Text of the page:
Venezuela’s embattled President Nicolás Maduro may have bought himself some time on Wednesday when he raised gasoline prices and devalued the bolivar, but the South American country’s problems will likely worsen in the coming weeks unless he does something more.
For his part, Maduro defended the measures as being necessary to save the economy, which is expected to contract eight percent this year after a ten percent drop last year. Maduro blamed the crisis on flagging oil prices and a concerted effort by his country’s business elite to wreck his socialist revolution. Whatever the reason for the economic problems, his critics were outraged. “Venezuelans woke up poorer this morning with the president’s actions last night,” Deputy Rafael Guzmán said during an emergency session in the country’s National Assembly. “Why should the poorest Venezuelans have to pay?”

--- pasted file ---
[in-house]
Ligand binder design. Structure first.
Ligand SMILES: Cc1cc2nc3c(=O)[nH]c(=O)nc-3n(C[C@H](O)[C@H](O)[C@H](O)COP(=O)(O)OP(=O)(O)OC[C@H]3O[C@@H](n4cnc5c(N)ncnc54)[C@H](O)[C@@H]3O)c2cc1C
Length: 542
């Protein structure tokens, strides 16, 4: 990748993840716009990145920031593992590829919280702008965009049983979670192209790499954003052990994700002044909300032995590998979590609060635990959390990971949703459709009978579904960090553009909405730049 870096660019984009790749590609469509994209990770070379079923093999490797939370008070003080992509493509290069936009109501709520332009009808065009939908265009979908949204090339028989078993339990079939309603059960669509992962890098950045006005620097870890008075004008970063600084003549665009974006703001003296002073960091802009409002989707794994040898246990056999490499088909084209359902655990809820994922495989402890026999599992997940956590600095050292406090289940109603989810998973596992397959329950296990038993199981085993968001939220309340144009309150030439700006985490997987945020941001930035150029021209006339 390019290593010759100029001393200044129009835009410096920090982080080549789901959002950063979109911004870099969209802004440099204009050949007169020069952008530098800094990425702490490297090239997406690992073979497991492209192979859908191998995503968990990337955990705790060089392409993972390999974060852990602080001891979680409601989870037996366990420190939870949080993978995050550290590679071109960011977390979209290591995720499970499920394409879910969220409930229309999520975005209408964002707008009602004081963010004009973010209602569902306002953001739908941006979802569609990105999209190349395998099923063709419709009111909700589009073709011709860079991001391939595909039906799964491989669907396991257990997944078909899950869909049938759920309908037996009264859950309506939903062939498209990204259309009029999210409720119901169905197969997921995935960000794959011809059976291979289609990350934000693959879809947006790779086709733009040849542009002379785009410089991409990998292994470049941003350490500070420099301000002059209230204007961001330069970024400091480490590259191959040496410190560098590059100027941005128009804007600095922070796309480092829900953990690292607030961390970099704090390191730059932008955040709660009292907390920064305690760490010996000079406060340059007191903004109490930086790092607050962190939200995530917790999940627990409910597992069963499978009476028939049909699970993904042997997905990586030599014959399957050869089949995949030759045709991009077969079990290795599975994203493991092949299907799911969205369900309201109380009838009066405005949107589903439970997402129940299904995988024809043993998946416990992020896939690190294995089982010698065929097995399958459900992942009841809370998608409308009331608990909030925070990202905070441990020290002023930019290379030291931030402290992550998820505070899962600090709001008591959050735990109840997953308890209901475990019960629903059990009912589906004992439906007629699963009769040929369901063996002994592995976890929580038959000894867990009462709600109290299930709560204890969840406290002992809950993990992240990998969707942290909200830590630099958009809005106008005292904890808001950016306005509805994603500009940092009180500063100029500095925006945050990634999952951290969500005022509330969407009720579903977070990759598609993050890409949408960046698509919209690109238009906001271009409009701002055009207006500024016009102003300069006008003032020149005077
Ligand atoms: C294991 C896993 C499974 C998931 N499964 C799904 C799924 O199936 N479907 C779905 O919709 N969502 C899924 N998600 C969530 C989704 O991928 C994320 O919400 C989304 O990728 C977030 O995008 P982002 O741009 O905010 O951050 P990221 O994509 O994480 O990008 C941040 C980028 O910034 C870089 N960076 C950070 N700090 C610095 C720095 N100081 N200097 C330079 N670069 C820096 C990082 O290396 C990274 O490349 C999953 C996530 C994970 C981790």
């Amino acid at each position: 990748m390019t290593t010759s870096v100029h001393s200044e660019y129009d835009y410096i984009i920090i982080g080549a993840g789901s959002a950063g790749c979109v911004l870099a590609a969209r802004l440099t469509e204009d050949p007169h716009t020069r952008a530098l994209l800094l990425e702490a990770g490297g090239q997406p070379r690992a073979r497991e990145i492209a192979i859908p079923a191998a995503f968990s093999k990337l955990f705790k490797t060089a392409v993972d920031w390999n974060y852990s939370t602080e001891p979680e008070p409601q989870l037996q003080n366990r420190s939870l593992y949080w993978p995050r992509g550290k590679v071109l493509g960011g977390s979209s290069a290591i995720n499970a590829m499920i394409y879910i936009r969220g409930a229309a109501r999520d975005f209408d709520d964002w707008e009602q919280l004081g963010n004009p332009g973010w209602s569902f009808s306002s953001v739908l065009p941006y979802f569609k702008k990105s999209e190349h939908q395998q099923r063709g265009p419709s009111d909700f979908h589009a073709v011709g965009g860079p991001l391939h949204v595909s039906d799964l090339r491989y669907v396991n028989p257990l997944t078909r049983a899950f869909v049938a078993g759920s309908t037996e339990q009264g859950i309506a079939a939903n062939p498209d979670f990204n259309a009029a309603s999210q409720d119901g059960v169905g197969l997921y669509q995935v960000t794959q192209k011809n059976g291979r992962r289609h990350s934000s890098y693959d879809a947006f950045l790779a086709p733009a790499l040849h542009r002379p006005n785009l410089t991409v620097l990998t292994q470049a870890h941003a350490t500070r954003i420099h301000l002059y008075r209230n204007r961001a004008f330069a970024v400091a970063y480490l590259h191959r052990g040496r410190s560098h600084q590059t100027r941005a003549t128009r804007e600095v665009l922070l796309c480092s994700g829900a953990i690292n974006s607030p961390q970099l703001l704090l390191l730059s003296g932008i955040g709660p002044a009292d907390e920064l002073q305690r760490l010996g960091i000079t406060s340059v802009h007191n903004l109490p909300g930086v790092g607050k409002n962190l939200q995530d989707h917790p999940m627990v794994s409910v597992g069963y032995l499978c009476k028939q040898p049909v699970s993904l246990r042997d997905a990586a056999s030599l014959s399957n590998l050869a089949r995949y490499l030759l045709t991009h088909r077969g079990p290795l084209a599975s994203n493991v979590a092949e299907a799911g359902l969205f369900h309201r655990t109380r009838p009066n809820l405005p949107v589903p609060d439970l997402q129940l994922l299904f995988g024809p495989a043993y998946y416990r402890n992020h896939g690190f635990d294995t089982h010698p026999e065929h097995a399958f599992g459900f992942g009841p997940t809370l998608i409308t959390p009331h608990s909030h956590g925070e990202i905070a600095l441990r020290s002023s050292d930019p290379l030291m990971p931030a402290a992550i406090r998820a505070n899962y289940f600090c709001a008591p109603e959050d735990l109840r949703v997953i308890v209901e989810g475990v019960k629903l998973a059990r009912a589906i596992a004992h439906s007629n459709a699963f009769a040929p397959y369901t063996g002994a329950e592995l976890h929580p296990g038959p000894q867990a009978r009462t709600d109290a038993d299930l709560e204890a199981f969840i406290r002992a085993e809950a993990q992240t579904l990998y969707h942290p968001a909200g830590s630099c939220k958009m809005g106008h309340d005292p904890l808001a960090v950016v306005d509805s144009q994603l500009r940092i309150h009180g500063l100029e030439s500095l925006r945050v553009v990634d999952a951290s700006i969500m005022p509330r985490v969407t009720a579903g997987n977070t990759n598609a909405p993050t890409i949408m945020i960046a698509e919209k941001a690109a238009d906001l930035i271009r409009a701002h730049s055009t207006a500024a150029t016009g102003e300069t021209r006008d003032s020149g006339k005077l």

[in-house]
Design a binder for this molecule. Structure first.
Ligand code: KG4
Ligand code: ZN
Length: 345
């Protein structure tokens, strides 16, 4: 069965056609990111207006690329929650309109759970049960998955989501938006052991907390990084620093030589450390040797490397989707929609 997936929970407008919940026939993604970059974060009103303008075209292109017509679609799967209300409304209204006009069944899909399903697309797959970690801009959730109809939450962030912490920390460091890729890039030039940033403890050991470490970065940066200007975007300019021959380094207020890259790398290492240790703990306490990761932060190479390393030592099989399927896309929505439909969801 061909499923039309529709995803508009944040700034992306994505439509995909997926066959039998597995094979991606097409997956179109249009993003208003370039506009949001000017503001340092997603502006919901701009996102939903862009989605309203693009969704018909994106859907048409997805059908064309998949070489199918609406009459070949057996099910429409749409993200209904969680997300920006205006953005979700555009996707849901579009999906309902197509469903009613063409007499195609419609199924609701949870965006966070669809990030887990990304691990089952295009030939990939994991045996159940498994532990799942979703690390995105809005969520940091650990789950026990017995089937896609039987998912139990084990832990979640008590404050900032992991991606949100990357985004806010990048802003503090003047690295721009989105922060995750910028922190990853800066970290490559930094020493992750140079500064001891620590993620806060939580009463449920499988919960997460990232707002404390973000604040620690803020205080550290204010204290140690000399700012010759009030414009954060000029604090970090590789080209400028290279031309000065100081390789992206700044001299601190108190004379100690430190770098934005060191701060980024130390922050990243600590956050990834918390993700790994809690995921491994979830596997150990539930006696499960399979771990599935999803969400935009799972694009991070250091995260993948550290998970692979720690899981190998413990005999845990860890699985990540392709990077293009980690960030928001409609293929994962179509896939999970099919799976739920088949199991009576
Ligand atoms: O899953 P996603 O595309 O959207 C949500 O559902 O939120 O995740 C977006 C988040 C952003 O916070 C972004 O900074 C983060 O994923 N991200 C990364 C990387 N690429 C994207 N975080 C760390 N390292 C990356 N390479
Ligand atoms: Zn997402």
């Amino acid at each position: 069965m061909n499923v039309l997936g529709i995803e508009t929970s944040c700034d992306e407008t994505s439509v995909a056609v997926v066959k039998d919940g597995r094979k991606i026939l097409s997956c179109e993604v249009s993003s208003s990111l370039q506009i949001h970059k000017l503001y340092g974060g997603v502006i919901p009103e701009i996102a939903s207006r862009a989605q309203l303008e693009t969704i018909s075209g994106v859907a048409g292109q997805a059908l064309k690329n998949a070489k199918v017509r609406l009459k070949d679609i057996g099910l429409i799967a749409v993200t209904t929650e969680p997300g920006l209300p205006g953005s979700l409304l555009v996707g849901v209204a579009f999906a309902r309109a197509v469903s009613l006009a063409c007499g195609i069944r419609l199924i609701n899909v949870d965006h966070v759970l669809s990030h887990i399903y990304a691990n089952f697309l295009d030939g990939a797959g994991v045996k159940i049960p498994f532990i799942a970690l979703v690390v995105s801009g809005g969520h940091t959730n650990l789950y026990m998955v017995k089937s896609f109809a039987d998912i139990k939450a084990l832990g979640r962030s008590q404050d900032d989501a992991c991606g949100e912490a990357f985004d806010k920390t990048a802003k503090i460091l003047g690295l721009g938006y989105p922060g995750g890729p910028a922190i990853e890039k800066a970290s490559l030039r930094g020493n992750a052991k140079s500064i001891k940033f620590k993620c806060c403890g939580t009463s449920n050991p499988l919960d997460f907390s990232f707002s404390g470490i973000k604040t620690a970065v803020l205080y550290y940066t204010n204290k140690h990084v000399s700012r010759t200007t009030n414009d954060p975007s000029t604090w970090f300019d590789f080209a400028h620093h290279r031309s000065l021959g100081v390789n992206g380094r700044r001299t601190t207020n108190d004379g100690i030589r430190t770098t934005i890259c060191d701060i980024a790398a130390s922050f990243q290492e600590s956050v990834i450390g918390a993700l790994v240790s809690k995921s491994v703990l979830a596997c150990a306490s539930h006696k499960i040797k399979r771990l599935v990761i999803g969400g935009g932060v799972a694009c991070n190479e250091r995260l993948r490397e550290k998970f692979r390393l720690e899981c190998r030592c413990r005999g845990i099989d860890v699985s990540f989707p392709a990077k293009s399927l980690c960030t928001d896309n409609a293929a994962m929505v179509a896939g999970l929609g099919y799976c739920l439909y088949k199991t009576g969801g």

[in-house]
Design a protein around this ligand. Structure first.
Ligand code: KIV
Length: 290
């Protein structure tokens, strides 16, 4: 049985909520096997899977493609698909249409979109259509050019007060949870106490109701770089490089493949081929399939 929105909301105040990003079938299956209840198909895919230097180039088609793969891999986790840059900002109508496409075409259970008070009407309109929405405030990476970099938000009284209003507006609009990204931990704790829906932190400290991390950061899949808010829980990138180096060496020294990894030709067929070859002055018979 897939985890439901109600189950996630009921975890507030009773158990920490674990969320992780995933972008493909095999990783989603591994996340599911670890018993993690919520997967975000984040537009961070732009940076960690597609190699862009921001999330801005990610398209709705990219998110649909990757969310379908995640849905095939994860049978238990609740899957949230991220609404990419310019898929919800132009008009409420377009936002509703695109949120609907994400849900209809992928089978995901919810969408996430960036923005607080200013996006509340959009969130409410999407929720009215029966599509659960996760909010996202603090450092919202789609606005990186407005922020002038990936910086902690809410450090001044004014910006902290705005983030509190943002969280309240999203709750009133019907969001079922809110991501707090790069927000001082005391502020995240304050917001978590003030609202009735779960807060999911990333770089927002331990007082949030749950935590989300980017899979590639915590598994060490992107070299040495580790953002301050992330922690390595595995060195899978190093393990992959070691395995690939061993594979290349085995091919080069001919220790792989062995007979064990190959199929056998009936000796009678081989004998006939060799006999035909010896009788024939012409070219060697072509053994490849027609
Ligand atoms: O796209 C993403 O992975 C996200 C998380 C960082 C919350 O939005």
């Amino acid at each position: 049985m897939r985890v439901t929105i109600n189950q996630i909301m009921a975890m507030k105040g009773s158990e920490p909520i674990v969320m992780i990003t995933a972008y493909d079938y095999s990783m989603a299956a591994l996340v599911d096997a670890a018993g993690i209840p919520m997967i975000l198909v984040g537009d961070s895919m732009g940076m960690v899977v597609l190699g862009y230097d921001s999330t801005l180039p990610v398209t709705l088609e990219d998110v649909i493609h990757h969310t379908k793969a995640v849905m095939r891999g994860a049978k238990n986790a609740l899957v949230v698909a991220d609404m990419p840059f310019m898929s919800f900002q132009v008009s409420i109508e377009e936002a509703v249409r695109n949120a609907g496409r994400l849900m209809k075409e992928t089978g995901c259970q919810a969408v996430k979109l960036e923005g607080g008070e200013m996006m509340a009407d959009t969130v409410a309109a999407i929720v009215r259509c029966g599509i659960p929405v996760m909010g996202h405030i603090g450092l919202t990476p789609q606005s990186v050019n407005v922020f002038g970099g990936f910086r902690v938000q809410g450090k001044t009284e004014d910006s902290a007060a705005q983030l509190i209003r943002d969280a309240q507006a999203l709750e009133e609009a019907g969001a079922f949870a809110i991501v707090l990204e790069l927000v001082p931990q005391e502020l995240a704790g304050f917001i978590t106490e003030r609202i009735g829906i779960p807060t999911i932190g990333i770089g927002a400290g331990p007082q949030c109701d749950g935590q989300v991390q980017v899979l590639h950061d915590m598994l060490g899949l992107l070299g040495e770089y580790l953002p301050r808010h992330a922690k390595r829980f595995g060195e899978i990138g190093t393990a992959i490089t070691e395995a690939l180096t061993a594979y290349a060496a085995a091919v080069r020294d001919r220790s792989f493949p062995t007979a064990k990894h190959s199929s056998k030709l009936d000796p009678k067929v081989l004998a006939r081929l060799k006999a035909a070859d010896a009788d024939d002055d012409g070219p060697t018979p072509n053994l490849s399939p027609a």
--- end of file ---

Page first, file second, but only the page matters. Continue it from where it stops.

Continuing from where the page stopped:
The 60-fold increase might be shocking, but even now, Venezuela’s gasoline will remain the cheapest in the world. “It’s still cheaper than water,” Felipe Romero, a 38-year-old carpenter in the central industrial city of La Victoria, told me as he waited to fill up his tank. “But I used to be able to fill my car up for less than four bolivars. Now it’s going to cost me 240 bolivars.” By comparison, a beer costs 300 bolivars ($30 at the official rate, or $0.29 at the black market rate) and a loaf of bread 120 bolivars ($12 at the official rate, $0.11 at the black market rate). In other words, gasoline is still a relative bargain.
Maduro’s move came just days after he fired his
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